Wednesday, November 21, 2007

FHF Intern Update - 10 days to go!



We visited 40 farms in Othaya last week and learned some important information that will help FHF members when they come in January. Some points I have noticed is that the milk production, per animal is on average lower then those in Wakulima. Also, only about ½ of the farmers we talked to use a teat dip after milking. Most of the farmers there feed napier grass and maize plants as the main staples of the animals diet. As well, dairy meal and pollard was fed at most farms.
This week we arrived in Embu to begin work on our final project for FHF. The Embu dairy has received funding for 50 biogas units. In preparation for the biogas, we are visiting the potential biogas farms to see how they cook now, etc. Biogas in Embu is rare, and most use firewood to cook with. Some use charcoal and paraffin. Everyone is excited about the prospect of biogas coming. Stephen and Faith, the FHF staff at Embu, are accompanying us around to each farm. They are very enthusiastic about the future of the dairy. Stephen noted that he was trying to convince some farmers in one area to grow maize as a crop for the cattle, but people in the area were very resistance to change and did not want to try anything new!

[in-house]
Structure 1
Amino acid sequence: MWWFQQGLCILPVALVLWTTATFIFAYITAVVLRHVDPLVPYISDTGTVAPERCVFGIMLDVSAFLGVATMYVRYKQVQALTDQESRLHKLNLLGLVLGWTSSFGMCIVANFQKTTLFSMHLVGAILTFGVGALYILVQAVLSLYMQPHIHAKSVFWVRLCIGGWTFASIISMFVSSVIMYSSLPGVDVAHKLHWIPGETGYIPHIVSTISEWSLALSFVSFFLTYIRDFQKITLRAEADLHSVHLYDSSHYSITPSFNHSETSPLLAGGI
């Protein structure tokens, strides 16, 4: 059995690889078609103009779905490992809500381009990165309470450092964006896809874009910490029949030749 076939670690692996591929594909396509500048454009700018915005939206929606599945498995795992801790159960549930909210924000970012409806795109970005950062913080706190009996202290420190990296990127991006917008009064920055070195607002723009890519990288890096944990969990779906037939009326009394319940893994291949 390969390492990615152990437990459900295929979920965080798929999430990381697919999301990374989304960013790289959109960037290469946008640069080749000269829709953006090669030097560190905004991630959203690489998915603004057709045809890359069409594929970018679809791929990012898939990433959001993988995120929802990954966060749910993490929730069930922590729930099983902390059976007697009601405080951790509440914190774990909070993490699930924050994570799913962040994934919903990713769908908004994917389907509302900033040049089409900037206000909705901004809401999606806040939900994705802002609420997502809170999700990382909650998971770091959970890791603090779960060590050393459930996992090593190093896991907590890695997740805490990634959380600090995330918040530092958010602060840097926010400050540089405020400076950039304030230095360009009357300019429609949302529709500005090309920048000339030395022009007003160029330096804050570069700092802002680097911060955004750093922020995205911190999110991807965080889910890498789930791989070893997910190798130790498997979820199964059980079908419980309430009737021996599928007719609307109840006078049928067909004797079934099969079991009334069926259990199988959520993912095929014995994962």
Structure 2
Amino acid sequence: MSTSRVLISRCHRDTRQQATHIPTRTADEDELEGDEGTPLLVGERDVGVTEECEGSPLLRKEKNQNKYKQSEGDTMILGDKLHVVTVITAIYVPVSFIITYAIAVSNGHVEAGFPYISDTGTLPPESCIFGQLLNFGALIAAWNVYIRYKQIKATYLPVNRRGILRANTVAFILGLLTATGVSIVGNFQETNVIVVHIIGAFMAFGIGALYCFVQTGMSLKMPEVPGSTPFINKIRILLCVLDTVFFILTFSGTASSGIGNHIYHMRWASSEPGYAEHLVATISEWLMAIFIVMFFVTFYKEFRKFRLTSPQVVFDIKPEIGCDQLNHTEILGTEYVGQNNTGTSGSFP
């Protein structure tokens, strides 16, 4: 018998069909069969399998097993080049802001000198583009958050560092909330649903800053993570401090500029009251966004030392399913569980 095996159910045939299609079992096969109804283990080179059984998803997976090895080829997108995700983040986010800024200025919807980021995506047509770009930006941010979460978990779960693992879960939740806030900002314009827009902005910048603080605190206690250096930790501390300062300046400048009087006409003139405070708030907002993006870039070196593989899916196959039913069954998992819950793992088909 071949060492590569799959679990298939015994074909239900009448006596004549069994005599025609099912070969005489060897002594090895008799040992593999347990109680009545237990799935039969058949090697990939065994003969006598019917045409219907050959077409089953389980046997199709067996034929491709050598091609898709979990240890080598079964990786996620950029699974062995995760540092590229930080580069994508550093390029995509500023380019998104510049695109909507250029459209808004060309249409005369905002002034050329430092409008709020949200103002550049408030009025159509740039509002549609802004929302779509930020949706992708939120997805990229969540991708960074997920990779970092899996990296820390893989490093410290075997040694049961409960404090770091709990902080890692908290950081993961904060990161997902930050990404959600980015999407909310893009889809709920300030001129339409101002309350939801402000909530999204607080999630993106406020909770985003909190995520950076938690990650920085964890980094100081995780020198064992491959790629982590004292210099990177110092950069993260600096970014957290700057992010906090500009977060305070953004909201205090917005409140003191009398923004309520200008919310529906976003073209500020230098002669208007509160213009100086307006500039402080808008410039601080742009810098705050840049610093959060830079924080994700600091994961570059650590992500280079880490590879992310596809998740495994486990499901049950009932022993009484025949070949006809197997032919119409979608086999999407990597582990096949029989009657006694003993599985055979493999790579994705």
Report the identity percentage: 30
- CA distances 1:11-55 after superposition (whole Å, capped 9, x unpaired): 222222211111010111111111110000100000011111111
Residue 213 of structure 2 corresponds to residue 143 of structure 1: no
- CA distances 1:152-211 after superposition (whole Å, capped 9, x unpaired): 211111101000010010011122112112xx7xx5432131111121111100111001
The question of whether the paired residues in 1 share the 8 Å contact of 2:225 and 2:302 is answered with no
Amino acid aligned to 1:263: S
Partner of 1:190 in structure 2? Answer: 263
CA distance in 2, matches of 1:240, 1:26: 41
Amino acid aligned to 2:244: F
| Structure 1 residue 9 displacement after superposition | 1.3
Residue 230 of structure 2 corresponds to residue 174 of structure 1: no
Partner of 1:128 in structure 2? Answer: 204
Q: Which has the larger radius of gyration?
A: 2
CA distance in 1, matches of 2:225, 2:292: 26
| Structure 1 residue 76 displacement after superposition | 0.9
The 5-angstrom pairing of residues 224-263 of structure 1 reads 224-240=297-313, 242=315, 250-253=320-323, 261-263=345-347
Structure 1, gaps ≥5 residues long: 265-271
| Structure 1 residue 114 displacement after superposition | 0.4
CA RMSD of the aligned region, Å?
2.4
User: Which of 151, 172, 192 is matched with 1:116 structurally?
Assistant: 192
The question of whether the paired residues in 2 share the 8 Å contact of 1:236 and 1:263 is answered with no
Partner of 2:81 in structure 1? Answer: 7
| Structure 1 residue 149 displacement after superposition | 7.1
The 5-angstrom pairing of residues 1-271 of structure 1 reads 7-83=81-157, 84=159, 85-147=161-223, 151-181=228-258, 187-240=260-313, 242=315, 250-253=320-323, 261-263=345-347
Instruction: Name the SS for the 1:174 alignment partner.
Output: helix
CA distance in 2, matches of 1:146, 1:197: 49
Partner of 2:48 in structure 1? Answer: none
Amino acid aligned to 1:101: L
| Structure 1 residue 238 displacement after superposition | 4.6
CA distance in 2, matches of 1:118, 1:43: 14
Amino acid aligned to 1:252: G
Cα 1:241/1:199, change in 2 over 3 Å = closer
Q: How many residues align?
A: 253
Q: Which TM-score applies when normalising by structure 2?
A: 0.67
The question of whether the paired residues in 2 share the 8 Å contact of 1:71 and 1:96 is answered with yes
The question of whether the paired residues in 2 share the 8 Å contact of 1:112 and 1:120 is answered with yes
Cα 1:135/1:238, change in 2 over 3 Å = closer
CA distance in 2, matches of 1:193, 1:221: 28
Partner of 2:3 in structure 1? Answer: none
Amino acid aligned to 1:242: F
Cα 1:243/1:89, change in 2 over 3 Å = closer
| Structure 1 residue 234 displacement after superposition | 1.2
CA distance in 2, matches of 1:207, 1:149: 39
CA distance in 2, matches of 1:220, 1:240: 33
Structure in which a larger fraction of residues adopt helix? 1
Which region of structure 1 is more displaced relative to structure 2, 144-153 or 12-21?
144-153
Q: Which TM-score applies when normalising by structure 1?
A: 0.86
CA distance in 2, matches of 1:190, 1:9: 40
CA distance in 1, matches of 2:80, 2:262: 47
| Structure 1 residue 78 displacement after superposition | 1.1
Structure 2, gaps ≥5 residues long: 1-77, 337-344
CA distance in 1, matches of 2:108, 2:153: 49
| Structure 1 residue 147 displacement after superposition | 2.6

The three of us have noticed the difference in the farms and animals at the Othaya and Embu dairy, compared to those in Wakulima. The housing is especially different I found – in wakulima all farms have zero grazing units with a concrete base, while in Othaya and Embu they weren’t as common.
Today we are in Nairobi because Chelsea’s mom is coming for our last week here. We are picking her up at the airport and then heading back to Embu. Saturday we are planning a big ‘feast’ at our driver, Dominic’s house in Thika. He invited us for a dinner with his LARGE family (over 50). We are going to roast a goat and eat chapatti’s!! It will be quite the experience I’m sure!
That’s all for now - Cheers.


Julie Mutch

1 comment:

Francis said...

I am happy that a lot of people, no matter their background, have found their way to my home turf.
I grew up in Kaheti, hardly 4 kilometres from Wakulima Dairy Limited.

Growing up when Wakulima Farmers Dairy was in it's budding stages I believe there is need to acknowledge and appreciate the individuals who are the brain behind the successful idea of Sharing: Farmers Helping Farmers.

BTW, the idea seems to have propped up a discovery of a system of managing and administering our household... The New system of SHARENOMICS is the ideology that will move our Republic to the next level.

W. Koigi